Seminar/Séminaire ICMN : Jeudi 28 Sept 2023 – 15h00 Bibliothèque de l’ICMN, CNRS, Orléans

Seminar/Séminaire ICMN : Jeudi 28 Sept 2023 – 15h00 Bibliothèque de l’ICMN, CNRS, Orléans

Fahes, Abeer

Postdoctoral Researcher

ICMN – Interfaces, Confinement, Matériaux et Nanostructures

Université d’Orléans, CNRS

1B, rue de la Férollerie, 45100 Orléans

Title: Large-area Nanosensors Based on Self-assembled Ag/Au Bimetallic Nanostructures


The hybrid bimetallic systems, which consist of two metallic nanostructures, have been recognized as a sustainable technology due to their ability to enhance, renovate, and enrich the properties of their integrated components. Plasmonic bimetallic nanoparticles (BNPs) synthesized through solution-based chemical synthesis with different morphologies have received significant attention and are the most widely used. However, to stabilize these BNPs at the nanoscale, they must undergo several steps and chemical treatments, such as surfactants to compensate for their surface energy. Despite their widespread use in various applications, there is still a need for a low-cost, scalable, and straightforward alternative. To date, no approach has been developed for directly synthesizing BNPs substrates on surfaces by self-assembly of polymers with precise control over structural properties.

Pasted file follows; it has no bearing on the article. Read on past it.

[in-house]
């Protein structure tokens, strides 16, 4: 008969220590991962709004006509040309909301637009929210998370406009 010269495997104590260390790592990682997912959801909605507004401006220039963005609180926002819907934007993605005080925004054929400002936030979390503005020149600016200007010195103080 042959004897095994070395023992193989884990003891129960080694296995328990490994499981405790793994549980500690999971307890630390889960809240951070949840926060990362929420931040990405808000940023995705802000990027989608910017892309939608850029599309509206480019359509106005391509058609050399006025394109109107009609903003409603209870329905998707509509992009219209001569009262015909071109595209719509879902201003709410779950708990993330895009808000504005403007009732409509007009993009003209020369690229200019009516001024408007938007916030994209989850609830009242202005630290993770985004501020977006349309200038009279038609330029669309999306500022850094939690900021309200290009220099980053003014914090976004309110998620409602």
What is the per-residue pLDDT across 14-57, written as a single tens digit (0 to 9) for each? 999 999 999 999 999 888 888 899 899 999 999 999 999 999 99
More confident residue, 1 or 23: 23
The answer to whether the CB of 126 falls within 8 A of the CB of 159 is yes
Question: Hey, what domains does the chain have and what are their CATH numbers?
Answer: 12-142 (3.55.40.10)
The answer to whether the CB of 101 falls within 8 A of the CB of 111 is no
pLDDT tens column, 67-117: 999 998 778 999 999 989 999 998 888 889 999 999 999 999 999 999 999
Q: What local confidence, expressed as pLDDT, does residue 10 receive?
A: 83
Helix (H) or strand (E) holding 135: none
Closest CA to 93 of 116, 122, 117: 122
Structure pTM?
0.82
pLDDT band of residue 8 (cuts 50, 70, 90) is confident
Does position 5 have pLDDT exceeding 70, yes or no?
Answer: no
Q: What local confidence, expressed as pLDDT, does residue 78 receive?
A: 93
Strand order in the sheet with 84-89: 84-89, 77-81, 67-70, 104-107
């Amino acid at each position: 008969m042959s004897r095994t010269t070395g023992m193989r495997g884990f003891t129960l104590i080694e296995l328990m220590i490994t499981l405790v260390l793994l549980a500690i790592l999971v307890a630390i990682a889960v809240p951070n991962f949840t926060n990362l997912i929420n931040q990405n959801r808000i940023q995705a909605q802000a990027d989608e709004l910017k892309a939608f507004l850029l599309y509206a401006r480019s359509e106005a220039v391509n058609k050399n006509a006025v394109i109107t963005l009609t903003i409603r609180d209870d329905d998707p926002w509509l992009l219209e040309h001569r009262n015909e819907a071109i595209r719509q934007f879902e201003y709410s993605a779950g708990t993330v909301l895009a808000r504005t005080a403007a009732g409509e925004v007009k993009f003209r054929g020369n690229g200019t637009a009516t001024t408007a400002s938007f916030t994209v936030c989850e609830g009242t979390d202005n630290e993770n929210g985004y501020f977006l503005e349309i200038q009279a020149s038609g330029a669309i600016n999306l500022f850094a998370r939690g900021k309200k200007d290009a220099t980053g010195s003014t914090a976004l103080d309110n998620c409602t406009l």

In this regard, the authors have developed a reproducible and well-controlled strategy based on polymer-mediated self-assembly (Fahes et al., 2021; Omar et al., 2020). The nanofabrication method, called vapor-induced phase separation (VIPS), self-assembles silver nanoparticles (AgNPs) and gold nanoparticles (AuNPs) in a poly (methyl methacrylate, PMMA) thin layer on a silicon (N-doped) substrate (Fahes et al., 2022; Fahes et al., 2023). The Mn+/PMMA dispersion combined with the silicon substrate serves as a reducing agent, surfactant, and structure-directing agent. The experimental parameters of the synthetic approach were precisely optimized to achieve the desired materials. Despite the complexity of the synthetic approach, where studying the particle growth process presents challenges due to the interplay of numerous components (such as the Si substrate, PMMA, counter ions, Ag+, and Au3+) that can either collaborate or contend with each other, the authors performed an in-depth study to understand the physico-chemical mechanism of synthesis using optical measurements by micro-extinction setup. Surface-enhanced Raman scattering (SERS) measurements were then performed to assess the sensitivity of the samples as sensors. Ultimately, this work has opened up new possibilities for creating hybrid nanomaterials of controllable geometries over a large area for applications in SERS detection.

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